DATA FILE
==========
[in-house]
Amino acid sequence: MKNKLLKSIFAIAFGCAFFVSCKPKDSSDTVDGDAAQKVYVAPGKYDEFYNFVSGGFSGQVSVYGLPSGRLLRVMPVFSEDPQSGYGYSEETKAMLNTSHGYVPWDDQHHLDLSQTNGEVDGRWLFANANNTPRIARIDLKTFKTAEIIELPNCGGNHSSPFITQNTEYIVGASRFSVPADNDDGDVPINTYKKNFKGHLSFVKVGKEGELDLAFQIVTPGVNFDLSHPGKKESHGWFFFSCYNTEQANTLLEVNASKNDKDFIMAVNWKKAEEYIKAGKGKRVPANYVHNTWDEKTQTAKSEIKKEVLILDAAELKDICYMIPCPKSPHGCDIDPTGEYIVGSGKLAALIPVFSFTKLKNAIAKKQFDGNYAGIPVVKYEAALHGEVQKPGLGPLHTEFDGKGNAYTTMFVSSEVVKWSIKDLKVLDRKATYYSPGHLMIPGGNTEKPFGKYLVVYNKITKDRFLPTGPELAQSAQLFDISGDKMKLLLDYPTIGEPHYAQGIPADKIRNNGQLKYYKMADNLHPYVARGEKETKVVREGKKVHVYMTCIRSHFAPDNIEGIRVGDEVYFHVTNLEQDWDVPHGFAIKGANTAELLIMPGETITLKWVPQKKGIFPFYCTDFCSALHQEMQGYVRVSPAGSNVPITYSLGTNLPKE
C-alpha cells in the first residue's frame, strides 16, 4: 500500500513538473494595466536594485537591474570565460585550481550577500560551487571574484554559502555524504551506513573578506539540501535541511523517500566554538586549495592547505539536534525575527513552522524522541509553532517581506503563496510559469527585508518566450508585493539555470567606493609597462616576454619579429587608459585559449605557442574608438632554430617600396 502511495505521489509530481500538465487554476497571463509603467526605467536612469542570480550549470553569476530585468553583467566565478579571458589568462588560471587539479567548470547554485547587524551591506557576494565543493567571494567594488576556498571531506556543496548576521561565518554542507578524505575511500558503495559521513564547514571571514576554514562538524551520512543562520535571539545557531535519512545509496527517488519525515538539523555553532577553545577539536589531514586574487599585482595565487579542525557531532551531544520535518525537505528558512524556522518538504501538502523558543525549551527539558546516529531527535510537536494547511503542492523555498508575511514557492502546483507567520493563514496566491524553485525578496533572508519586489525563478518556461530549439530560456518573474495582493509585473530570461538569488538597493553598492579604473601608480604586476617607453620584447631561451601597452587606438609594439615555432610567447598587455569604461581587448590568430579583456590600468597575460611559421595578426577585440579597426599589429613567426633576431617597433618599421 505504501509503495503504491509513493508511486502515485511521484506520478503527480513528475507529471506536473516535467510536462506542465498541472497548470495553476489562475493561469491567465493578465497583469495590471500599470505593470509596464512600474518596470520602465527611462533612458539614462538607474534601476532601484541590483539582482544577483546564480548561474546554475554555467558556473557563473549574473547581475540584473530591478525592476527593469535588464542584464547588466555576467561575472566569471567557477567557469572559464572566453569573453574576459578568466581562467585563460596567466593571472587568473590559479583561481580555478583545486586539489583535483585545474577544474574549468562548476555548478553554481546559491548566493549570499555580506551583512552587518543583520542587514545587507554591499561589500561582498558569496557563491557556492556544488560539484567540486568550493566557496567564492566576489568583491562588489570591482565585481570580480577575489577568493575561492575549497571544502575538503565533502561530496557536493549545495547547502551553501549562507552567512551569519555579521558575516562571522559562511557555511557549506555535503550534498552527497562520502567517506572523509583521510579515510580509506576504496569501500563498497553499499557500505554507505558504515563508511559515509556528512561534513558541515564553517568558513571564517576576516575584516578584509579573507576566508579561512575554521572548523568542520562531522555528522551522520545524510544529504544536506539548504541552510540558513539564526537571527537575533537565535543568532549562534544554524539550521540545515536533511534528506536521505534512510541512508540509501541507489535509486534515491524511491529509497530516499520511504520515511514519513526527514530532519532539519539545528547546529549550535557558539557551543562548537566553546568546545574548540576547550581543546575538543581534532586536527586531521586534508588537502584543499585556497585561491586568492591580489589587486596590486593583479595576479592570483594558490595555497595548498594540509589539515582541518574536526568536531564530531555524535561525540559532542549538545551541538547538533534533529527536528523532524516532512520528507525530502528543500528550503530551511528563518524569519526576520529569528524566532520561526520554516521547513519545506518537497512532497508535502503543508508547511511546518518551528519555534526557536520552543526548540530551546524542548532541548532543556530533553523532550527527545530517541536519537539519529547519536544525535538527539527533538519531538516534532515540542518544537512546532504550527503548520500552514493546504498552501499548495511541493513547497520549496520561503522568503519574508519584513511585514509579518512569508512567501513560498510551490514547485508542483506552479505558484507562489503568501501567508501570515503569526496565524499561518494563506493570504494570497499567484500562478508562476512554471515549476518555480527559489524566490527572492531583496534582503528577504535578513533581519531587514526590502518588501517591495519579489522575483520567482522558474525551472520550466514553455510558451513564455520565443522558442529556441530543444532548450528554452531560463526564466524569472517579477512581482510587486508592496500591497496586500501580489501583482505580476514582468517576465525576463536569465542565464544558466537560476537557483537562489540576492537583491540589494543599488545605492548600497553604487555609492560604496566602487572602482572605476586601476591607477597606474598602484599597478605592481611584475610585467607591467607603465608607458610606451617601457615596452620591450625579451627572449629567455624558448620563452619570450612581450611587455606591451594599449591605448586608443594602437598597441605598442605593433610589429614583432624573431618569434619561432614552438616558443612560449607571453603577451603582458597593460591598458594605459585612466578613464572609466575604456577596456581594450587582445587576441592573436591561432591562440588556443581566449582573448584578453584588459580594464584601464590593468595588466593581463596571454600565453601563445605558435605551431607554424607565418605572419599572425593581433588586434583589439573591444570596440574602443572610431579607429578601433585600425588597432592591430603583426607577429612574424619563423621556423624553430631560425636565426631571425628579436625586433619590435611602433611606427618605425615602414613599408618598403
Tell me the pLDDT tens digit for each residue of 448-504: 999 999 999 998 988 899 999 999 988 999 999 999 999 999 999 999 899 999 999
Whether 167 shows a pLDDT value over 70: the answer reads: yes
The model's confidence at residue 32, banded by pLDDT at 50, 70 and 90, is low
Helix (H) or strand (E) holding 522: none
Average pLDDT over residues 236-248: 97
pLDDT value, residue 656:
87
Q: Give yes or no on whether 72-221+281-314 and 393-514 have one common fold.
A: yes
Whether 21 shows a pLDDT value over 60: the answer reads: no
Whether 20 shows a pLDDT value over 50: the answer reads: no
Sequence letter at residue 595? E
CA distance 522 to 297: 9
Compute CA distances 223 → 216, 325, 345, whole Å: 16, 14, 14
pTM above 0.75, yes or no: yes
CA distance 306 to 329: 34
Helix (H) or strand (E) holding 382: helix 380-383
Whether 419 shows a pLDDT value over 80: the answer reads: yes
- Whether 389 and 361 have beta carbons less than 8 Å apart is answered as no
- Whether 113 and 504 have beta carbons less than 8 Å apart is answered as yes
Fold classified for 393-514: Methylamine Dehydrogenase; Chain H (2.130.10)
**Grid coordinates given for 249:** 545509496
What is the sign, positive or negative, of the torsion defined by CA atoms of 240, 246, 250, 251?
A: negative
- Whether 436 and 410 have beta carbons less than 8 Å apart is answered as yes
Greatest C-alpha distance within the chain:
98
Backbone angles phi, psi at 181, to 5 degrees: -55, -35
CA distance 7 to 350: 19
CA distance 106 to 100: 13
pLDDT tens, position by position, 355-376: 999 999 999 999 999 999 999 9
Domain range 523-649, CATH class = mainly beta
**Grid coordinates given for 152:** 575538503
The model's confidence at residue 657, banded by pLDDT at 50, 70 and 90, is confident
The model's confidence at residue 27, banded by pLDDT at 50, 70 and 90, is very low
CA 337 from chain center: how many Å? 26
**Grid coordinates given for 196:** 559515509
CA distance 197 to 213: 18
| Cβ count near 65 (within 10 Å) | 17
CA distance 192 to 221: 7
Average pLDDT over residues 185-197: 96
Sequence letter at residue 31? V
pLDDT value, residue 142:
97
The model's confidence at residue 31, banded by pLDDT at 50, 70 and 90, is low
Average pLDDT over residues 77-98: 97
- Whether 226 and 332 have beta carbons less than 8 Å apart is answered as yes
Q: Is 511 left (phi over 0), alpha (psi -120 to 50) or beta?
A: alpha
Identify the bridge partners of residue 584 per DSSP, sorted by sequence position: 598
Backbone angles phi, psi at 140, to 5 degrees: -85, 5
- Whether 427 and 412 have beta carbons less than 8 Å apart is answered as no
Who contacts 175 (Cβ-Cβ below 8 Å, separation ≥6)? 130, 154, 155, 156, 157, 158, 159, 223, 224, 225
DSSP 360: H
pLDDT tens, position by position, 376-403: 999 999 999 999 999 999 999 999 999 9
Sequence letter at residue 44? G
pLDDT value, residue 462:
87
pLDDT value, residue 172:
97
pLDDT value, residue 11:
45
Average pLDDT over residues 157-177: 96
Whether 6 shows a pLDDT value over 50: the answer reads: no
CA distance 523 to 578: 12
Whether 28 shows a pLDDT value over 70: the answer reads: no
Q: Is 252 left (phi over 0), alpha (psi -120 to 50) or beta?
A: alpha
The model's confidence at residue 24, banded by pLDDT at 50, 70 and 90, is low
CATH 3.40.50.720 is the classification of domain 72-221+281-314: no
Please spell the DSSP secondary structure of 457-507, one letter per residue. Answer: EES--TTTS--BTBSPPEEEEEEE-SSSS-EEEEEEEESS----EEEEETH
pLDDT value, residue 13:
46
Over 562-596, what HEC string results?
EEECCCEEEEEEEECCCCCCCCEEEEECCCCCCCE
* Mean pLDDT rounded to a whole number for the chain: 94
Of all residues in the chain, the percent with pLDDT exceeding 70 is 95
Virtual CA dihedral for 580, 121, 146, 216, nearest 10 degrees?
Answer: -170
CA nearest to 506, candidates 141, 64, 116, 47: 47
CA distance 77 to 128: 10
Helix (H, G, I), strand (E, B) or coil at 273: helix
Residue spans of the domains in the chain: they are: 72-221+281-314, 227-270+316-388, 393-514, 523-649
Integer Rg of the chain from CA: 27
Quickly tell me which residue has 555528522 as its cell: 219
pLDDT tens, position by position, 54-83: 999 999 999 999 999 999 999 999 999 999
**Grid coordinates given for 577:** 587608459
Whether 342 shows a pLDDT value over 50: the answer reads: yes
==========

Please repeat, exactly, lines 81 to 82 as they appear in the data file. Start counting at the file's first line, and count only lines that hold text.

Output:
Virtual CA dihedral for 580, 121, 146, 216, nearest 10 degrees?
Answer: -170